Britain Carbon pricing Climate Change Geographical Health incineration Pollution Waste

XR Zero Waste criticises finance proposal for Edmonton EFW facility

The website Resource reports on XR Zero Waste’s criticism of the finance arrangements for the Edmonton incinerator.

Anti-incineration campaigners XR Zero Waste have criticised the prospective use of finance from the UK Municipal Bonds Agency (UK MBA) to underpin the development of a new Energy-from-Waste (EfW) facility in North London.

IncineratorCiting recent analysis published in Environmental Finance by Prashant Vaze, Chief Economist at Consumer Focus, and Dominic Hogg, Director of Equanimator, XR Zero Waste argue that the EfW project is not a ‘low-carbon project’ and is inconsistent with UK MBA’s supporting criteria for issuing ‘Green Bonds’.

UK MBA’s green bond, the first of its kind, was initially announced earlier this year, aiming to direct funding towards a range of ‘green eligible projects’. To accompany the announcement of its Green Bond, the UK MBA also published a Sustainable Finance Framework – a guide ‘under which it can issue all forms of green, social and sustainable finance’, including ‘public bonds, private placements, commercial paper, and other debt instruments’.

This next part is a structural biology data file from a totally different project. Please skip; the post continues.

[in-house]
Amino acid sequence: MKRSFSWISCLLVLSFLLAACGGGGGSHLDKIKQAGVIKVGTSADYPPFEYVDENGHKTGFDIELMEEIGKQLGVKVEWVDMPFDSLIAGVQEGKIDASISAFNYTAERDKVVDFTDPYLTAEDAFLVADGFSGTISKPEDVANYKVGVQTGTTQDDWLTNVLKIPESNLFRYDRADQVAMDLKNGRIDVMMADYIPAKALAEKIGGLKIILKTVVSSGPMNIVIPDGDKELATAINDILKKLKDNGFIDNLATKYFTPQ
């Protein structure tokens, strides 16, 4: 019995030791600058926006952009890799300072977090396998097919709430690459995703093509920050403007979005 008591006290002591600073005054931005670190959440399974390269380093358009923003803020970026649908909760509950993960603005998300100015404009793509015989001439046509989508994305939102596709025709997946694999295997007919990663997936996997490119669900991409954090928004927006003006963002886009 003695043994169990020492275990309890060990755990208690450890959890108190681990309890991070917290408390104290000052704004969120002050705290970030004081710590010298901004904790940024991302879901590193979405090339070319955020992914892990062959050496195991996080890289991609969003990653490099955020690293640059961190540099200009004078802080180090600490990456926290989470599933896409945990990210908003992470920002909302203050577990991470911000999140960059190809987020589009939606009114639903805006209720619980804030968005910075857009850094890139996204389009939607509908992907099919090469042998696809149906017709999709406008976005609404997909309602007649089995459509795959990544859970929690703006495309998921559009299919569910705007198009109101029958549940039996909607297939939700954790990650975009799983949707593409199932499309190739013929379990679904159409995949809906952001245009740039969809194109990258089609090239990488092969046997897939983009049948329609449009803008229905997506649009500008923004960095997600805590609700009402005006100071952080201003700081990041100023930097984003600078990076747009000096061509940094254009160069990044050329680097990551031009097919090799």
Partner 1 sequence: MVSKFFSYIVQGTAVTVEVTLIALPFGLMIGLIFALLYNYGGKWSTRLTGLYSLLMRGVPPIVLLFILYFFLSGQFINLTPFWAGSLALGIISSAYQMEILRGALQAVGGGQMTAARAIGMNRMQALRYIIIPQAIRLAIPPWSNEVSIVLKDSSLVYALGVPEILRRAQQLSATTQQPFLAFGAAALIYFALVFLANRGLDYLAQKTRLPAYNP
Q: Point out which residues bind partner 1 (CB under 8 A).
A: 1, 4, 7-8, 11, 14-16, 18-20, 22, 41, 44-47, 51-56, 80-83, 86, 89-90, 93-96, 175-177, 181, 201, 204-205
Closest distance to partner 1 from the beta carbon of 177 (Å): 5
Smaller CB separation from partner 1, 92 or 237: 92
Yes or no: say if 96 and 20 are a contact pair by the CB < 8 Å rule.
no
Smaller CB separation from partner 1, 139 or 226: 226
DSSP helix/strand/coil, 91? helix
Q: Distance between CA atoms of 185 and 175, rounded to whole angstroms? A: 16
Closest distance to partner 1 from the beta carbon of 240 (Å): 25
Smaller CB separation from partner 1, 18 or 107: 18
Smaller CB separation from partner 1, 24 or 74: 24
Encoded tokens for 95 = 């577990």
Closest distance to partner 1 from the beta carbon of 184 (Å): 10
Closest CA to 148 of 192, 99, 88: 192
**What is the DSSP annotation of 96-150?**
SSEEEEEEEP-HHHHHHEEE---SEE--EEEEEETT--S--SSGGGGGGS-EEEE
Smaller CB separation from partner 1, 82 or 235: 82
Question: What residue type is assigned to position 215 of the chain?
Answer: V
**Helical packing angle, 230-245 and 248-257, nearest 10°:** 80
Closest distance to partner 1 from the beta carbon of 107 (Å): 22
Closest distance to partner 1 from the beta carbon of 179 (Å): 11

‘Renewable energy’, ‘clean transportation’, and ‘pollution prevention and control’ were listed as eligible project categories. ‘Pollution prevention and control’ included EfW facilities as eligible for UK MBA funding, citing the Climate Bonds Initiative’s (CBI) environmental performance metrics as met criteria.

The article by Vaze and Hogg contends that the UK MBA’s Sustainable Finance Framework aims to align with the United Nations’ COP21 Paris Agreement objectives and that ‘EfW incineration is, after coal, the most carbon intense form of electricity generation’.

As a result, they question UK MBA’s intention ‘to raise £250 million to £400 million to build an expanded energy-from-waste (EfW) incineration facility at Edmonton in Enfield’. Notably, EfW is not part of the EU’s sustainable finance taxonomy and the Climate Bonds Initiative excludes this type of technology for certification in EU countries.

However, the North London Waste Authority (NLWA) has paused immediate plans to seek the UK MBA’s green bond to fund its £1.2 billion EfW facility. In February, the waste authority instead borrowed £250 million through the Public Works Loan Board, following market turbulence.

Earlier this month, a spokesperson for UK MBA told Public Finance: “The planned NLWA bond issuance by the UK Municipal Bond Agency has not been recalled, but has been paused to assess how the market progresses.

“The NLWA took £280m from the PWLB in December, and we were expecting it to take £250m from the PWLB in February as a prudent measure to reduce its interest rate risk in light of market conditions.

“The markets are not conducive to a bond issue at the moment due to volatility, which causes the new issue premium and spreads not to be where they need to be, which is why corporates are avoiding issuing at the moment as well.”

The agency also said it was working with NLWA on an “innovative solution that will significantly reduce interest risk and provide value for money for the NLWA’s project on a going forward basis”.

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